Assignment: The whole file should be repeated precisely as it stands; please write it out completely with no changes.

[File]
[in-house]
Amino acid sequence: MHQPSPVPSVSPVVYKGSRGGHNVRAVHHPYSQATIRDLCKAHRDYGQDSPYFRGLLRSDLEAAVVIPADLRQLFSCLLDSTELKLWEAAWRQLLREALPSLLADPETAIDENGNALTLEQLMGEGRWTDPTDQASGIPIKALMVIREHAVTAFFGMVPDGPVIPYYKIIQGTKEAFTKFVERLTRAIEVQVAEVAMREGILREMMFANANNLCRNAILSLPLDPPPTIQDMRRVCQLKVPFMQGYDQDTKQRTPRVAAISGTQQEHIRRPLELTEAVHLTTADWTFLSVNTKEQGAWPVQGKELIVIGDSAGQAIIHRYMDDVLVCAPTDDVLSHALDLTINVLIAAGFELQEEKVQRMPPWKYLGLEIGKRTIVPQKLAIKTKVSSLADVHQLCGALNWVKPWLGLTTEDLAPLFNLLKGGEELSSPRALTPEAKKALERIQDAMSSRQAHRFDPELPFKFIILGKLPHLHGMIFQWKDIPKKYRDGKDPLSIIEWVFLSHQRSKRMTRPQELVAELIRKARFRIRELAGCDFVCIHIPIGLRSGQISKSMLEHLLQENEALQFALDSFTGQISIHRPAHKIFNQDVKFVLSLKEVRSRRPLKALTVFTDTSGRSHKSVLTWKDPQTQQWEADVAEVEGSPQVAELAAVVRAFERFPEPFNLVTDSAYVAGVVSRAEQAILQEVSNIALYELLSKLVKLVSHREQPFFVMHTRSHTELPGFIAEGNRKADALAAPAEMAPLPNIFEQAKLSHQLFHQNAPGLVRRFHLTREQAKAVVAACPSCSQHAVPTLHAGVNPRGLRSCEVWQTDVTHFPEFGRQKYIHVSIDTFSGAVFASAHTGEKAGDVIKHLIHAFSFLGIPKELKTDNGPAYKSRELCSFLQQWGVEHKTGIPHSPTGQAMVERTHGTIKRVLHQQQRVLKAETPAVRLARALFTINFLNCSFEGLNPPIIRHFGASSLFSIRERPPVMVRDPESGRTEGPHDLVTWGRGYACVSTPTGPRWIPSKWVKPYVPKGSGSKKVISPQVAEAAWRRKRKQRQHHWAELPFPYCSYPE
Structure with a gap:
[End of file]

[in-house]
Amino acid sequence: MHQPSPVPSVSPVVYKGSRGGHNVRAVHHPYSQATIRDLCKAHRDYGQDSPYFRGLLRSDLEAAVVIPADLRQLFSCLLDSTELKLWEAAWRQLLREALPSLLADPETAIDENGNALTLEQLMGEGRWTDPTDQASGIPIKALMVIREHAVTAFFGMVPDGPVIPYYKIIQGTKEAFTKFVERLTRAIEVQVAEVAMREGILREMMFANANNLCRNAILSLPLDPPPTIQDMRRVCQLKVPFMQGYDQDTKQRTPRVAAISGTQQEHIRRPLELTEAVHLTTADWTFLSVNTKEQGAWPVQGKELIVIGDSAGQAIIHRYMDDVLVCAPTDDVLSHALDLTINVLIAAGFELQEEKVQRMPPWKYLGLEIGKRTIVPQKLAIKTKVSSLADVHQLCGALNWVKPWLGLTTEDLAPLFNLLKGGEELSSPRALTPEAKKALERIQDAMSSRQAHRFDPELPFKFIILGKLPHLHGMIFQWKDIPKKYRDGKDPLSIIEWVFLSHQRSKRMTRPQELVAELIRKARFRIRELAGCDFVCIHIPIGLRSGQISKSMLEHLLQENEALQFALDSFTGQISIHRPAHKIFNQDVKFVLSLKEVRSRRPLKALTVFTDTSGRSHKSVLTWKDPQTQQWEADVAEVEGSPQVAELAAVVRAFERFPEPFNLVTDSAYVAGVVSRAEQAILQEVSNIALYELLSKLVKLVSHREQPFFVMHTRSHTELPGFIAEGNRKADALAAPAEMAPLPNIFEQAKLSHQLFHQNAPGLVRRFHLTREQAKAVVAACPSCSQHAVPTLHAGVNPRGLRSCEVWQTDVTHFPEFGRQKYIHVSIDTFSGAVFASAHTGEKAGDVIKHLIHAFSFLGIPKELKTDNGPAYKSRELCSFLQQWGVEHKTGIPHSPTGQAMVERTHGTIKRVLHQQQRVLKAETPAVRLARALFTINFLNCSFEGLNPPIIRHFGASSLFSIRERPPVMVRDPESGRTEGPHDLVTWGRGYACVSTPTGPRWIPSKWVKPYVPKGSGSKKVISPQVAEAAWRRKRKQRQHHWAELPFPYCSYPE
Structure with a gap: